Precisely because widespread environmental destruction and construction on “prime land and cultural heritage” sites was one of the policies that characterised the Junta (1967-1974), the twenty fourth article of the constitution of the newly democratic Greek state protects the environment. Though widespread illegal construction has taken place due to the lack of a proper land registry (and Transparency International Greece has proposed ways of resolving the issue), one of the results of this constitution is that Greece today can attract high quality tourism to its islands (unlike its cities, where destruction of architectural heritage has been much more widespread). Indeed, it is remarkable that despite paralysis in Athens, the Aegean regions of Greece have not so far been affected. Instead of travelling through Athens, visitors land directly in Crete, Rhodes and other islands, hence ensuring that this sector of the Greek economy is growing (the increase in tourist arrivals has been estimated at up to 10% for 2011). Thus construction won’t make the Greek economy more productive. In fact, it will have the opposite effect. By destroying Greece’s environment, it eliminates one of the few sources of productivity that Greece has so far relied on to attract high end tourism. Rather than reform the Greek state for good, EU and IMF policies seem to be intent on undermining even those sectors of the Greek economy that do in fact work.

Various attempts could and probably will be made to by-pass the obstacle posed by the Greek constitution: short of rewriting the constitution itself, the land could be leased rather than sold; however, if the rule of law is upheld, these will in due (delayed) course be shot down in the Council of State, the country’s highest administrative court. It’s not inconceivable that the rule of law won’t be upheld; pressures on the Greek state and on the judges involved in any decision will be enormous. It’s reassuring to see that Greek NGOs and civil society (for example the Sustainable Aegean programme) are already gearing up for the battle against this attempt by the EU and the IMF to undermine alike the rule of law, and the Greek, or, perhaps, more accurately, the European environment.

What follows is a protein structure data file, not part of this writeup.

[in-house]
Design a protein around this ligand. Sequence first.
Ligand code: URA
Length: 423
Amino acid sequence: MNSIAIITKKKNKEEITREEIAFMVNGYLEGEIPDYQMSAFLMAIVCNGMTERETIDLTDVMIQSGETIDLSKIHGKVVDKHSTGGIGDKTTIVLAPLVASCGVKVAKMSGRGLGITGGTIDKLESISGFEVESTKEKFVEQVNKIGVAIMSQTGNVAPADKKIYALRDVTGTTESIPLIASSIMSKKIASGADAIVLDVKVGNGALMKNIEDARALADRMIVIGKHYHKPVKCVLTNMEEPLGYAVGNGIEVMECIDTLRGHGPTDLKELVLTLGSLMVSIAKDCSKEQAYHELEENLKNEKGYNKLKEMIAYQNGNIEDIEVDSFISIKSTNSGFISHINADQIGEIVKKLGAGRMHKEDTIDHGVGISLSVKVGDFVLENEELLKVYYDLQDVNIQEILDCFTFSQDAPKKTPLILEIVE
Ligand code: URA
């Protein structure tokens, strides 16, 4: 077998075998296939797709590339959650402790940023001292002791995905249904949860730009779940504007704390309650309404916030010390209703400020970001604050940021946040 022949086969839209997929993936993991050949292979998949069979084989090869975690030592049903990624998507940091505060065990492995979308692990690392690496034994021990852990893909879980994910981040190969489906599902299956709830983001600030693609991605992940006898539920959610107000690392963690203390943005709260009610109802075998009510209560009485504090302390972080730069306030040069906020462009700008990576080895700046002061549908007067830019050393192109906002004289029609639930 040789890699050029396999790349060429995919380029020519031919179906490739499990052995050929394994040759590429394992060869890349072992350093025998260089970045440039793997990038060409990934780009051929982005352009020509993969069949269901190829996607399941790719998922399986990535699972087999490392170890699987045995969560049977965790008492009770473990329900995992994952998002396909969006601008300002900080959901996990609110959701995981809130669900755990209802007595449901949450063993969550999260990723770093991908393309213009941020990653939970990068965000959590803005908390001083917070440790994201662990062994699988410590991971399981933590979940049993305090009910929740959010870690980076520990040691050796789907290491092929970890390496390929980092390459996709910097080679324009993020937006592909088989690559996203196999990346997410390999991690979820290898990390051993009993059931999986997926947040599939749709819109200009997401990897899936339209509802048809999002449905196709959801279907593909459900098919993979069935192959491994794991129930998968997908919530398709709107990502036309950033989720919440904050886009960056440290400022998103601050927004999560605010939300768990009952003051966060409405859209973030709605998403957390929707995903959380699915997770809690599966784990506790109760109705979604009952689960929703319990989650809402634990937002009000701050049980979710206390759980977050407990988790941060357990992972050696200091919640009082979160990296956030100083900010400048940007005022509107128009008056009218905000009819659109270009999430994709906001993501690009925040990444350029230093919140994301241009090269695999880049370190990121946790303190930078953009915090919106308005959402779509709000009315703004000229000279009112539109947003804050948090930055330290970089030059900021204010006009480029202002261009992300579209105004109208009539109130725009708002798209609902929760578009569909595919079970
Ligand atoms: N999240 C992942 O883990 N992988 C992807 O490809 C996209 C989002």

In short, EU and IMF policies on the sale and construction of the Aegean constitute a form of colonialism: primary resources (in this case land) are being extracted for the benefit of foreign interests served by a highly corrupt class of state servitors. Stephanos Manos, Greece's former Minister of Economics, well respected in business circles and leader of the neo-liberal party Drasi, has issued a statement condemning the policy as “a return to the urban planning of the Junta”. Instead of solving the problems of a corrupt Greek state, EU and IMF policies are now made to purpose for the construction sector and its acolytes – in other words, benefiting those sectors that are most responsible for the political and economic crisis faced by Greeks today.

The irony is that the Prime Minister, George Papandreou, whatever his other faults, has thus far stood out for his commitment to the environment, creating a Ministry of the Environment, and promoting known environmental activists within his party, at some cost to his political standing (Anthony Barnett and Mary Kaldor, Can Greece Lead the Way?Open Democracy, 9 November 2009). He is now being forced by the EU and the IMF to take responsibility for the worst man-made environmental destruction in the history of the Aegean.

The government may have been right to vote through the second Memorandum. It now has a duty to future Greeks, and indeed to humanity, to ensure that the provisions of the second Memorandum with regard to sale of state land to construction companies are not carried out. Rather it should delay land privatisation as long as possible, redouble efforts to achieve a primary surplus within 2012, and then plan for Greece to default of its own accord. The peoples of Europe deserve no less.

About the author

Iannis Carras is an economic and social historian of the 18th century Balkan and Russian worlds. He is active in Greek NGOs and has been a parliamentary candidate in the Athens region for the Greek Green Party.